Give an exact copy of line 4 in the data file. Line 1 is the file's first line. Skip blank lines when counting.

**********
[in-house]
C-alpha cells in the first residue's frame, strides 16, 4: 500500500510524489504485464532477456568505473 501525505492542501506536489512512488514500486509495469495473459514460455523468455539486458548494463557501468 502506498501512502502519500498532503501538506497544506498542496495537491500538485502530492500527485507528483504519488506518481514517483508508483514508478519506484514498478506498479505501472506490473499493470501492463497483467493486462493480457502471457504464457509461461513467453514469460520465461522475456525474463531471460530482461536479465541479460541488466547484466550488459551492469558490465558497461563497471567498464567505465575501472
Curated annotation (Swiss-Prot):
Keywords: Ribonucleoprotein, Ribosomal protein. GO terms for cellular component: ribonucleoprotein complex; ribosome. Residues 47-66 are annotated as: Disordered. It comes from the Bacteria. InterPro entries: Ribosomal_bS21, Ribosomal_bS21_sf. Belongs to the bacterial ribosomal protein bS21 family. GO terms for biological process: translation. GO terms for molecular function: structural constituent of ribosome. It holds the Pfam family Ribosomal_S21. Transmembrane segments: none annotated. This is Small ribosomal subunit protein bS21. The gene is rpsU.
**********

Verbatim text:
Keywords: Ribonucleoprotein, Ribosomal protein. GO terms for cellular component: ribonucleoprotein complex; ribosome. Residues 47-66 are annotated as: Disordered. It comes from the Bacteria. InterPro entries: Ribosomal_bS21, Ribosomal_bS21_sf. Belongs to the bacterial ribosomal protein bS21 family. GO terms for biological process: translation. GO terms for molecular function: structural constituent of ribosome. It holds the Pfam family Ribosomal_S21. Transmembrane segments: none annotated. This is Small ribosomal subunit protein bS21. The gene is rpsU.